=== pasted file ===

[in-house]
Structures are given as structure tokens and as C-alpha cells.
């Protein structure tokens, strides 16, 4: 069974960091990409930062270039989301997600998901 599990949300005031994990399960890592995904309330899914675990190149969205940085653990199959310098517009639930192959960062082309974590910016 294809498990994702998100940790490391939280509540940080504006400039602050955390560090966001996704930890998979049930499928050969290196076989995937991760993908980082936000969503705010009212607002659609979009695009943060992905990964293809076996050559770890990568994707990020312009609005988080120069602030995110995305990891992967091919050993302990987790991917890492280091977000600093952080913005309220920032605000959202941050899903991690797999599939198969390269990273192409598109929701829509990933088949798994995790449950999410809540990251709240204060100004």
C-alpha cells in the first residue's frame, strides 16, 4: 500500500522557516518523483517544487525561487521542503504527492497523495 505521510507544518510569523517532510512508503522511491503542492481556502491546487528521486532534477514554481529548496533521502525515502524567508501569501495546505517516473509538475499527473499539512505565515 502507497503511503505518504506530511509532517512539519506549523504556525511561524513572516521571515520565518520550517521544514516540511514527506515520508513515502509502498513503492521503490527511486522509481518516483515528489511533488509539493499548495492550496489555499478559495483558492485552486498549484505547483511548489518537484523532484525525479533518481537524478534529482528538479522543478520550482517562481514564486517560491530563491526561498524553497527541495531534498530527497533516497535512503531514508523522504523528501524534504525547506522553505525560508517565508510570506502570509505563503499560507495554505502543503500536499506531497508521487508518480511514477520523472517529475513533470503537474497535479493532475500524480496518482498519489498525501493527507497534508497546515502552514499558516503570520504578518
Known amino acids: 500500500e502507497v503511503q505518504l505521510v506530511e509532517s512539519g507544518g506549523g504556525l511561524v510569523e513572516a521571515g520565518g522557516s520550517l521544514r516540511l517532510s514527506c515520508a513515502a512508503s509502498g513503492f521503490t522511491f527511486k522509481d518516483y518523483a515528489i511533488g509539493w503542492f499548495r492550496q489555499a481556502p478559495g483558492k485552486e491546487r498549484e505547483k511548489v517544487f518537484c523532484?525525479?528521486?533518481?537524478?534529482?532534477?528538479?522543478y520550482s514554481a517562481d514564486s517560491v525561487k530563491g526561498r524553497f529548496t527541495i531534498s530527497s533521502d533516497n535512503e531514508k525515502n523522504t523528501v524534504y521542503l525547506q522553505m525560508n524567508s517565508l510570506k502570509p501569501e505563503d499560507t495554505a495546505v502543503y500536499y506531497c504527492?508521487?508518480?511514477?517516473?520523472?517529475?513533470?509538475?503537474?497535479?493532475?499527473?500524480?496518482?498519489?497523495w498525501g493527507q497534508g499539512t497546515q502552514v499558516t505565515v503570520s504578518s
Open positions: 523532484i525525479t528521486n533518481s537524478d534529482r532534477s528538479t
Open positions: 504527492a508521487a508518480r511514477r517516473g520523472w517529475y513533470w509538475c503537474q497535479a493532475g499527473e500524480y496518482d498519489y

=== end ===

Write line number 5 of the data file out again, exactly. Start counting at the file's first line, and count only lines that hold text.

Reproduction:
Known amino acids: 500500500e502507497v503511503q505518504l505521510v506530511e509532517s512539519g507544518g506549523g504556525l511561524v510569523e513572516a521571515g520565518g522557516s520550517l521544514r516540511l517532510s514527506c515520508a513515502a512508503s509502498g513503492f521503490t522511491f527511486k522509481d518516483y518523483a515528489i511533488g509539493w503542492f499548495r492550496q489555499a481556502p478559495g483558492k485552486e491546487r498549484e505547483k511548489v517544487f518537484c523532484?525525479?528521486?533518481?537524478?534529482?532534477?528538479?522543478y520550482s514554481a517562481d514564486s517560491v525561487k530563491g526561498r524553497f529548496t527541495i531534498s530527497s533521502d533516497n535512503e531514508k525515502n523522504t523528501v524534504y521542503l525547506q522553505m525560508n524567508s517565508l510570506k502570509p501569501e505563503d499560507t495554505a495546505v502543503y500536499y506531497c504527492?508521487?508518480?511514477?517516473?520523472?517529475?513533470?509538475?503537474?497535479?493532475?499527473?500524480?496518482?498519489?497523495w498525501g493527507q497534508g499539512t497546515q502552514v499558516t505565515v503570520s504578518s